WILMINGTON – The board of supervisors reversed a zoning violation for a popular business located on Market Street.
The City of Wilmington determined that Biggers Market added live music as an adjunct without the facility’s approval. But after an hour of deliberation Thursday, the board of supervisors voted 3-2 to oppose the city’s status.
Kathryn Thurston, the city’s division manager, explained that she has received several complaints about farmers markets and shopping centers hosting outdoor music.
City staff inspected the site on Feb. 17, 2022, a Wilmington police officer issued a trespassing order four days later. An updated notice was sent on April 21, citing the new city ordinance, which went into effect on Dec. 1, 2021.
The notice said that the larger tracks, which were added to the existing market, were not recorded in the field records and did not meet the buffer requirements. The breach also highlighted the problem of “random” parking on residential streets due to the large number of market visitors.
According to the city’s ordinance, loud music is prohibited within 500 residential blocks, one of which crosses the border to the south. Also by adding “outside” uses to the property, additional parking requirements are required.
“The parking allowed on this site is not sufficient for recreational use,” Mr Thurston told the group.
Under General Statue 160D-705 and the city’s land development ordinance, property owners have the right to appeal within 30 days. Matthew Nichols, an attorney acting for property owners Aubrey and Joy Rogers, filed an appeal on May 20 denying claims that the property they are breaking.
Biggers Market, which was rebranded in 2021 from Port City Produce, has been hosting music to boost sales since 2015, Nichols said at Thursday’s meeting. The venue was established by old city ordinances, which did not regulate outdoor music in the business district.
“The staff has developed this as an additional use without a zoning permit and we cannot agree with that,” Nichols said.
He added that Biggers is not considered a venue because it does not have a permanent stage and does not pay audiences to enjoy music, instead entertainment is “opportunistic” for the product market.
He said that the city is trying to apply the new land development plan to the land plan that was approved under the old one. The city signed the company into compliance in June 2021, three months after the company announced it was relocating to its current location, 6250 Market St.
“It’s part of their business, part of their model, as a market enabler,” Nichols told BOA members. “It’s good for customers and it’s good for the environment.”
He also said that Biggers had never received a voicemail, which Thurston confirmed was true.
“I would say, they have to have a loud voice on Market Street with 55,000 cars going by a day,” Nichols said.
Nichols, also the owner of Biggers Wells Struble, pointed to examples of other farmers’ markets that offer live music, such as the Wilmington Farmers Market at Tidal Creek. The building is adjacent to the Oleander Drive site.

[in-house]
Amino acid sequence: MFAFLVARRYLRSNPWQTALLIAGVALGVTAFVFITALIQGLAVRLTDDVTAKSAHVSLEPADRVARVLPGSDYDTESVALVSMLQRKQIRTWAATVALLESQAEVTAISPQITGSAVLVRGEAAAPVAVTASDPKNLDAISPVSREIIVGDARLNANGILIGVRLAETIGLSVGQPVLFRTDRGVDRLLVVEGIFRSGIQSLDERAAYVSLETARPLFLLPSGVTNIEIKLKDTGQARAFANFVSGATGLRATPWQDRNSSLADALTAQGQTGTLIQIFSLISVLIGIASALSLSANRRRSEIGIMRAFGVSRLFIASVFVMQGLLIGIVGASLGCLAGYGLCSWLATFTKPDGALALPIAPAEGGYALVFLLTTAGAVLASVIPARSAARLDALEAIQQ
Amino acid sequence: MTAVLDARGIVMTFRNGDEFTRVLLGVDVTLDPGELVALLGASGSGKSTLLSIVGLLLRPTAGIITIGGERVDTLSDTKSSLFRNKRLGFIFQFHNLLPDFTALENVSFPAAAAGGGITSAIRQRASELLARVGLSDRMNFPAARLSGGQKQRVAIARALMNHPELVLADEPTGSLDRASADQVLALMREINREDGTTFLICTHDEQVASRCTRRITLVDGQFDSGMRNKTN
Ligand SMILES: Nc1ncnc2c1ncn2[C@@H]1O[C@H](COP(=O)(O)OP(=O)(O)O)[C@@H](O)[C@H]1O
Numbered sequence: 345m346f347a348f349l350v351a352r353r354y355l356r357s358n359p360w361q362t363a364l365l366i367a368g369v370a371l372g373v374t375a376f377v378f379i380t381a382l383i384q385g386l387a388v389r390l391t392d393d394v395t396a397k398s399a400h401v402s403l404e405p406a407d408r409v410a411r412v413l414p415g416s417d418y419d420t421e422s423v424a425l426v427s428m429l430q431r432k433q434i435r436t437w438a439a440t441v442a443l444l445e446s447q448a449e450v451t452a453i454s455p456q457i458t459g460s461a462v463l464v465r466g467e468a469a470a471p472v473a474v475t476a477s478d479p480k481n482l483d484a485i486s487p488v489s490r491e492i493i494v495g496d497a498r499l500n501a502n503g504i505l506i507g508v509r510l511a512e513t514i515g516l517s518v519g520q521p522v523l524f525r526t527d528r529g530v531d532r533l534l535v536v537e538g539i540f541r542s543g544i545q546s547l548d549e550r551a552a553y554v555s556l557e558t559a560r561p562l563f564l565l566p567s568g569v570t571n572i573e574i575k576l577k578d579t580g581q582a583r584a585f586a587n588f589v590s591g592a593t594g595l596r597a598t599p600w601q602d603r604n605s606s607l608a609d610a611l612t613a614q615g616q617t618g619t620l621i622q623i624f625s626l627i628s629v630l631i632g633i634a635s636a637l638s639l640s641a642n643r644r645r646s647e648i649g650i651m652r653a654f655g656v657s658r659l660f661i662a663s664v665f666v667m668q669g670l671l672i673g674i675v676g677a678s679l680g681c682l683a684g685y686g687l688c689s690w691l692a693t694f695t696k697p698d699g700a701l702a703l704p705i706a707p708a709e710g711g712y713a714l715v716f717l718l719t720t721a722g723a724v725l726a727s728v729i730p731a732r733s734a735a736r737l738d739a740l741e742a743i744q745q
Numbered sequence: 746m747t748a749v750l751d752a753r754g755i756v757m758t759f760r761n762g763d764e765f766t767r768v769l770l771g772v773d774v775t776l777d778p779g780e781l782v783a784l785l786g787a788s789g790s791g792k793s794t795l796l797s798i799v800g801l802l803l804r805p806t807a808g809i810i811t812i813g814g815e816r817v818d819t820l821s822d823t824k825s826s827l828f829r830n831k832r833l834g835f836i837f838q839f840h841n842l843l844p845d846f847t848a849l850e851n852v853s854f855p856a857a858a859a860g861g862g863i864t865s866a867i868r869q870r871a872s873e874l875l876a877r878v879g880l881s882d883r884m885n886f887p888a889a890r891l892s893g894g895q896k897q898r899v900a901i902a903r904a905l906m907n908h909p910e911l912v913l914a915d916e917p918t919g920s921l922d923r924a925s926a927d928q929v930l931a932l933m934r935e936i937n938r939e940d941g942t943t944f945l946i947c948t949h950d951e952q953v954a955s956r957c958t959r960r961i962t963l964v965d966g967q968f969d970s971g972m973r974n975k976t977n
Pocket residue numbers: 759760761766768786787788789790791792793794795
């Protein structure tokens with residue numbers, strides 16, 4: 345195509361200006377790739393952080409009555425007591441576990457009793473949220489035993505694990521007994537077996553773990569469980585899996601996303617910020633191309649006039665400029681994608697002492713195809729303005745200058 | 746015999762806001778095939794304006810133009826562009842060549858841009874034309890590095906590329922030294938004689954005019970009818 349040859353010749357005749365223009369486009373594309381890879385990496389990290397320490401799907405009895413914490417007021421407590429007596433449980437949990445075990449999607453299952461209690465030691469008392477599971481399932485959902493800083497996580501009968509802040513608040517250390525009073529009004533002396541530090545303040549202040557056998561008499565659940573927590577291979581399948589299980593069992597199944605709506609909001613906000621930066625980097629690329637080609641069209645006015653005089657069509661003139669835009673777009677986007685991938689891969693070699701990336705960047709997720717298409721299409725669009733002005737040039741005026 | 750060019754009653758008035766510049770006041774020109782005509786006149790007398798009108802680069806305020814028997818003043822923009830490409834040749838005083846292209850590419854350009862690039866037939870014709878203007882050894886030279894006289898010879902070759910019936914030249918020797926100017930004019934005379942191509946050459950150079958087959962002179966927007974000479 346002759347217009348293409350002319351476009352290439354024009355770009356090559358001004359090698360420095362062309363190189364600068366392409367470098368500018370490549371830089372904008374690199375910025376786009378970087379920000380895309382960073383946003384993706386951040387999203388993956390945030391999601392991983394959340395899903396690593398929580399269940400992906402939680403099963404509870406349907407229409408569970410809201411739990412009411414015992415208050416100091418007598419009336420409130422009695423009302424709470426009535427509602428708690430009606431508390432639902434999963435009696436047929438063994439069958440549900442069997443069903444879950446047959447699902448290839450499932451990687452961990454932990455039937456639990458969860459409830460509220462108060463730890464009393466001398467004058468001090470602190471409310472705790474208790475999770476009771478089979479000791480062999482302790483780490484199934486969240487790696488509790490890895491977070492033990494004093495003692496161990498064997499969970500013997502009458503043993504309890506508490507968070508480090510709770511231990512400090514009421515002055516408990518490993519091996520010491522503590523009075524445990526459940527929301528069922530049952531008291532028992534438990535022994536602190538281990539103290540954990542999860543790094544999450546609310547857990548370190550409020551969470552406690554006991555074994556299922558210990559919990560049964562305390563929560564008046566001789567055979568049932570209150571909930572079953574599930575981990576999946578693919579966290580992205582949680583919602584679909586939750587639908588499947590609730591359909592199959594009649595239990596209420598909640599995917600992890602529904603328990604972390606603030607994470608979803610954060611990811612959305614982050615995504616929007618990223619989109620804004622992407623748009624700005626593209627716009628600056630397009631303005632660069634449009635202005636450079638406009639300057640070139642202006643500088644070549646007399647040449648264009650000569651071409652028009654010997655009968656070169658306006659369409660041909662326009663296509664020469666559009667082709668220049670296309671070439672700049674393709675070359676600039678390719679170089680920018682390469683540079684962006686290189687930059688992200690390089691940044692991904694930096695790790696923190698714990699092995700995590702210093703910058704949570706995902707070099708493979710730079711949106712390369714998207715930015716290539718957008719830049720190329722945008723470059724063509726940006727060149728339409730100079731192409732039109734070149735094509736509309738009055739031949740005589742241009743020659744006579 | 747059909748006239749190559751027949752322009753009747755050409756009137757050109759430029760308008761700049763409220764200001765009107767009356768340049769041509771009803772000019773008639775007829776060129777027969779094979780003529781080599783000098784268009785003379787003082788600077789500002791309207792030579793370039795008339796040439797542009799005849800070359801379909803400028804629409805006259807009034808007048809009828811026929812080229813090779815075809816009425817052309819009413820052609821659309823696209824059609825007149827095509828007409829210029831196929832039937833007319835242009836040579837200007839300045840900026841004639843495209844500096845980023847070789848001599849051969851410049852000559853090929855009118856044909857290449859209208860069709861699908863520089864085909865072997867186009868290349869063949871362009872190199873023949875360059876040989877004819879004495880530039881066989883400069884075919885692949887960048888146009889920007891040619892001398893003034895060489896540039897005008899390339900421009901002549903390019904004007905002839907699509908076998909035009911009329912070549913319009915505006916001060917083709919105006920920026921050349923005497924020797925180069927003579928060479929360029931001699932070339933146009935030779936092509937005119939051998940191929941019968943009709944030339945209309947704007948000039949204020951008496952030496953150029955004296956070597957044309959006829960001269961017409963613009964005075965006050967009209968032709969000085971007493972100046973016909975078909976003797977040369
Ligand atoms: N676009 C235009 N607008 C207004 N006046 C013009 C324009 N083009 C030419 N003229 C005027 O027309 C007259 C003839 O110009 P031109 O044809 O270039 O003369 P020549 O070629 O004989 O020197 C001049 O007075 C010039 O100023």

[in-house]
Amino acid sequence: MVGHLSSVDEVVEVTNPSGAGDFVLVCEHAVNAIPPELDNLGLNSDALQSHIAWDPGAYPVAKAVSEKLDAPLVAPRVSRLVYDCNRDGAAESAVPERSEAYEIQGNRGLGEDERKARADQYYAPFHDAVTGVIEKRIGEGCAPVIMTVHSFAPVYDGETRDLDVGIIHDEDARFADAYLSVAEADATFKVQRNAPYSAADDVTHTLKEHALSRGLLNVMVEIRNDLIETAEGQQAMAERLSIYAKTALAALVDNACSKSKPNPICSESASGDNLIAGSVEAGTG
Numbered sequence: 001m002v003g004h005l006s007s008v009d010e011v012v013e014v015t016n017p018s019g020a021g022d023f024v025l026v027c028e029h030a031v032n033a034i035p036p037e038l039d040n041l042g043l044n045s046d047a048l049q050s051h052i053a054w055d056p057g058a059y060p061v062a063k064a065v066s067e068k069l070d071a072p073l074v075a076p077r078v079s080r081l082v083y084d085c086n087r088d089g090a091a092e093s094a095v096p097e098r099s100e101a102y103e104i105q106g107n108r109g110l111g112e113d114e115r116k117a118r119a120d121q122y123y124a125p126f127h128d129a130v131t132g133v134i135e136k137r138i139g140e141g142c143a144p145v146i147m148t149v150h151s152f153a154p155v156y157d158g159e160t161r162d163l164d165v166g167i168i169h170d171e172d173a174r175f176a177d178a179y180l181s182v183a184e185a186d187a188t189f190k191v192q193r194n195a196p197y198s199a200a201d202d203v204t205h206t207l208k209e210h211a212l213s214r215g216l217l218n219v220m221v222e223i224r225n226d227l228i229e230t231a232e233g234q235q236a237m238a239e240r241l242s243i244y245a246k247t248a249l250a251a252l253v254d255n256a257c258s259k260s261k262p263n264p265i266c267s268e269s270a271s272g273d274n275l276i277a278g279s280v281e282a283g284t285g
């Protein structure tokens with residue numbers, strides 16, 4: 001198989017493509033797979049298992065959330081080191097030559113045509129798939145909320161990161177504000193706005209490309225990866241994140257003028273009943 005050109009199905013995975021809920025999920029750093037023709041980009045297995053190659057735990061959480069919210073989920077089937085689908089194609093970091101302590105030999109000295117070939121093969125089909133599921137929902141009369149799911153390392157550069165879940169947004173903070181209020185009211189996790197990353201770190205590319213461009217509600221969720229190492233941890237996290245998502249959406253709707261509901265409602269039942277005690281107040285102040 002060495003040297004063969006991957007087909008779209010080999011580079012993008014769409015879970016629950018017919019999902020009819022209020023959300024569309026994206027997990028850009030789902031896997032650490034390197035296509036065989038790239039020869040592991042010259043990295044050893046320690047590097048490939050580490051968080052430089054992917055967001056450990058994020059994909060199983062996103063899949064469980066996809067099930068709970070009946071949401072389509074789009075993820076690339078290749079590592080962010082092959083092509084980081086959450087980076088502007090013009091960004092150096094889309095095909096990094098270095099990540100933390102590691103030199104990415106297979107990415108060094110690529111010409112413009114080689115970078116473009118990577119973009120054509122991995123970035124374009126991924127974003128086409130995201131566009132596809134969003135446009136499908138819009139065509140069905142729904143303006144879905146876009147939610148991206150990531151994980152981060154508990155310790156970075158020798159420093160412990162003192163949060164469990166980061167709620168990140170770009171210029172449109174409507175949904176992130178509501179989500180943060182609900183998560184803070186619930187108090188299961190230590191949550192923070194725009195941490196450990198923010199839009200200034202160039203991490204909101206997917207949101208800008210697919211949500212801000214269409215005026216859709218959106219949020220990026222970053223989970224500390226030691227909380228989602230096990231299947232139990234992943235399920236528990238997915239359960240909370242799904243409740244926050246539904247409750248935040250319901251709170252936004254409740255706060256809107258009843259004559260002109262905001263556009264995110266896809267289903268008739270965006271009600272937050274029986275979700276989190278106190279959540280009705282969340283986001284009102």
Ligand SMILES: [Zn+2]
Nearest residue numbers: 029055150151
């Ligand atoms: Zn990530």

Struble said regarding the parking lot, he and his business partners purchased a parcel adjacent to the market at 6240 Market St.
Although the project is ready for construction, permits still need to be approved.
Mr Thurston said four calls for help to the center came in due to stalling and collisions. Cars line Elijah Drive, the street next to the Market, making it difficult to see when exiting the parking lot.
Charles Stanley, a homeowner at 18 Elijah Drive, testified that his driveway has been closed several times. He said he could hear music when he was outside but said it was “not loud.”
Most board members seem more concerned with parking issues than loud noises, except for Mark Saulnier.
“The city has a real problem with neighborhood music,” he said.
Saulnier lives on Wrightsville Avenue and said he hears music from nearby businesses at times at night.
“Live music moves,” he said. “I don’t know if you have talked to your neighbors, but enjoy your things.” With music playing for six to eight hours a day, what if they don’t like the music or want to hear it?”
Aside from Stanley, another person made a comment at the public meeting in support of the market.
Stephanie Jarvis, who lives next door to the Biggers, said Wilmington thrives on small businesses to drive its economy. The company employs local people and supports local farmers where it sources its produce.
“Big is good news in this community,” Jarvis told the group. “In their evolution as a business, yes, they have grown into what you call an ‘event center.’ But I didn’t come back after buying the ticket. But it has also become a place for family gatherings, which allows us to remember things.”
He added local musicians are trying to raise money.
No neighbors spoke against the music at the meeting and several audience members stood to support the Biggers.
“The real issue isn’t rezoning or additions, it’s parking and I believe the south side is working hard to address that,” board chairman Patrick Moore said.
He proposed a resolution to end the violation of the law, which was accepted by the majority of the council. Music can continue at Biggers Market.
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